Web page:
What Is Theory Of Mind? Psychology And Knowledge Of Self And Others

Medically reviewed by Paige Henry, LMSW, J.D.
Updated August 30, 2023by BetterHelp Editorial Team

Hundreds of theories have been proposed in psychology throughout the years, discussing topics from attachment to how the mind works. One such theory is the theory of mind, which explores how people relate their own inner experiences to those of others. Understanding this theory may help you understand how humans relate and how to connect with the people in your life.

Understanding Others Can Start With Understanding Yourself

What Is The Theory Of Mind? 

A common concept in psychology, the theory of mind, refers to the ability to attribute mental states to oneself and others. While introspection psychology allows individuals direct access to their own minds, understanding what goes on in the minds of others is less straightforward. Theory of mind allows people to ascribe thoughts, feelings, and intentions to themselves and others, even when they may differ from their own. 

Closely related to empathy, this capacity enables people to relate to others and understand their thoughts or feelings. This process involves multifaceted steps and includes understanding one's thoughts and feelings, recognizing differences in others, and predicting or explaining other people's thoughts and actions accordingly. Theory of mind is essential to social interaction, facilitating communication and relationships with others.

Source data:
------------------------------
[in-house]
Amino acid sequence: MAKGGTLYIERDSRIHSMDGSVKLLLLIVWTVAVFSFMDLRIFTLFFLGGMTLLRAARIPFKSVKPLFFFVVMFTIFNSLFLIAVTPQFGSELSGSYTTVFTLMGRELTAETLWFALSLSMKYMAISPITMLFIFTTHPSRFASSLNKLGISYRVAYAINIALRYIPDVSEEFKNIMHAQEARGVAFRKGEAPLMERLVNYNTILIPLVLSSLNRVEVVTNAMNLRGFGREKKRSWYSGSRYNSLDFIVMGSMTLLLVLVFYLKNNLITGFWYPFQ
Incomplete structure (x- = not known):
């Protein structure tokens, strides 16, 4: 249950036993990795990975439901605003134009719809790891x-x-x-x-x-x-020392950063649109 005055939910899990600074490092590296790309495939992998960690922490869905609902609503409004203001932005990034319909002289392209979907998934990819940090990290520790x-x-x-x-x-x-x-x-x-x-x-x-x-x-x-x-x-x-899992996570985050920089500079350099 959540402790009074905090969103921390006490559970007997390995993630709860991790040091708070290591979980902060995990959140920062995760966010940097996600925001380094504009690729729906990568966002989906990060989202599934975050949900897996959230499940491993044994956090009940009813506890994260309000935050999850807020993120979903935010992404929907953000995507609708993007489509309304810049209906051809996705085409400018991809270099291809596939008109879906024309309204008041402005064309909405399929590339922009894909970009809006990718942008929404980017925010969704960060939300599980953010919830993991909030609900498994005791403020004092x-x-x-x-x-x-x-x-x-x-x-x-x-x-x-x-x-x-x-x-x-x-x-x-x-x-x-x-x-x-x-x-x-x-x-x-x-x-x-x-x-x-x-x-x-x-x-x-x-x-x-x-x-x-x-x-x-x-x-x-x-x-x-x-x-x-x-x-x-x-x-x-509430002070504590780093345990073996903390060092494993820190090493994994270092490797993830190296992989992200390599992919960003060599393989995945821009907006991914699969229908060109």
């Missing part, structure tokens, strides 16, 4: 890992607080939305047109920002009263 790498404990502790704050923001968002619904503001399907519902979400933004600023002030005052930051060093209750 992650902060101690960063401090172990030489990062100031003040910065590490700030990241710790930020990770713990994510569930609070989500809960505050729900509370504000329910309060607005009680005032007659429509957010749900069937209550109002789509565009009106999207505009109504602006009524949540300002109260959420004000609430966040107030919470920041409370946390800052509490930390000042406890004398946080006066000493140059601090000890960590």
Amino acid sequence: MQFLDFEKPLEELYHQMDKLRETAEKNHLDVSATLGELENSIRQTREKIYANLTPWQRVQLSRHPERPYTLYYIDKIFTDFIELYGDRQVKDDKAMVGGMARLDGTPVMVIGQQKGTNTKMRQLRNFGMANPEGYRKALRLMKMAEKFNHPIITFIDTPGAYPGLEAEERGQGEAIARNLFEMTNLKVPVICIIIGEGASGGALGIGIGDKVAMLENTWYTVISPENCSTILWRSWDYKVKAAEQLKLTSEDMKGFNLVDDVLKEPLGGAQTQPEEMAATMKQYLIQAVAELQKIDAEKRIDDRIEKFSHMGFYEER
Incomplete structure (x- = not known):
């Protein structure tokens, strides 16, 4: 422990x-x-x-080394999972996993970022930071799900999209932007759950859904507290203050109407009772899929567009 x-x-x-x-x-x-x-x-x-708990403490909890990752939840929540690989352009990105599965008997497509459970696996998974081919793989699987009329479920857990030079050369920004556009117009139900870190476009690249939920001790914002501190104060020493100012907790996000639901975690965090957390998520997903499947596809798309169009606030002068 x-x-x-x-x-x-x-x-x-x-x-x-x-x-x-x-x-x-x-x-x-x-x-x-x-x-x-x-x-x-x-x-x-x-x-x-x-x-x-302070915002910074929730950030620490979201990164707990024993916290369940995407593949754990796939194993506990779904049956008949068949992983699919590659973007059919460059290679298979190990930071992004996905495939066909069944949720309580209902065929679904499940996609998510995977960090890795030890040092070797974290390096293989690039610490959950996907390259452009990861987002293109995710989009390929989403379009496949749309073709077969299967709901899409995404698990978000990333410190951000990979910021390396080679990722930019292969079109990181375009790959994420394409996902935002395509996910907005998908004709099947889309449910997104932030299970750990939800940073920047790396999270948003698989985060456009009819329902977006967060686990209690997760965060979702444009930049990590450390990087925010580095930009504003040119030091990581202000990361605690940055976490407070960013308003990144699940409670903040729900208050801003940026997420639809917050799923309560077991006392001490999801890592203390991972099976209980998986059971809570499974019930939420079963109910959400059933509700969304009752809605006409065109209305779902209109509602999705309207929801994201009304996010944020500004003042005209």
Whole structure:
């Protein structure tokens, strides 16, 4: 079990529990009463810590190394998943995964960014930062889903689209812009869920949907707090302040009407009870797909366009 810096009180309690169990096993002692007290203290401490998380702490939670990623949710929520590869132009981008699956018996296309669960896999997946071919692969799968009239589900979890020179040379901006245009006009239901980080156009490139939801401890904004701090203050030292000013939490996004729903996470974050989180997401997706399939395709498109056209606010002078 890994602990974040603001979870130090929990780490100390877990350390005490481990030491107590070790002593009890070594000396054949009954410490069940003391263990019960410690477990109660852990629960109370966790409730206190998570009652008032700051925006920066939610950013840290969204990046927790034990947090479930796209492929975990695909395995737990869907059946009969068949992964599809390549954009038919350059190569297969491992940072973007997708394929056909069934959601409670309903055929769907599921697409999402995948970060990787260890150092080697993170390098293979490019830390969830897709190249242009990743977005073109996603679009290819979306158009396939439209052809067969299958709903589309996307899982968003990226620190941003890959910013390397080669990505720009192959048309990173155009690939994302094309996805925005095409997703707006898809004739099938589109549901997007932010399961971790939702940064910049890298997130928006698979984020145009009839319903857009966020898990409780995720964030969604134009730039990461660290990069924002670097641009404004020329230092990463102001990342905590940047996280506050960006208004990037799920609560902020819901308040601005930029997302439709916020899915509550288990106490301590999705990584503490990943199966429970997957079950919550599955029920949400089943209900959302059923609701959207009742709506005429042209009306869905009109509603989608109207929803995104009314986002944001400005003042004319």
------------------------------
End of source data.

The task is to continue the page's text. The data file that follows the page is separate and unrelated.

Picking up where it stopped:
Theory of mind is referred to as a theory because its features are not directly observable in others. Instead, individuals make inferences about how other's minds work based on their own experiences. The capacity for expressing the theory of mind varies from person to person, with different people interpreting others' actions and motivations differently. Theory of mind is a subject of ongoing research in psychology.

Theory Of Mind And Human Development

While humans first begin to acquire the theory of mind as infants, it may take years for this capacity to fully develop, a process that continues into adolescence as young adults grow, change, and socialize. Essential precursors to the theory of mind in human development include imitation, where infants and young children imitate the behaviors of others, and an understanding of attention, where they recognize when others are paying attention to a task or object.

Theory of mind continues to develop throughout childhood and adolescence as children and young adults experience new social situations and make new connections and inferences about the world. Cognitive psychology finds that children and young adults with a high capacity for theory of mind are often socially skilled. In contrast, those with a lesser ability often have difficulty relating to and interacting with others. The theory of mind becomes most fully developed by the end of adolescence, although this can vary from culture to culture.

While neurotypical people may develop a theory of mind to some extent, there is a wide range of capabilities. Some people are susceptible to other people's thoughts, feelings, and desires, and others have little to no theory of mind. Old age, neurodivergence, mental health conditions, and cultural factors can all impact the development of the theory of mind.

False Belief Test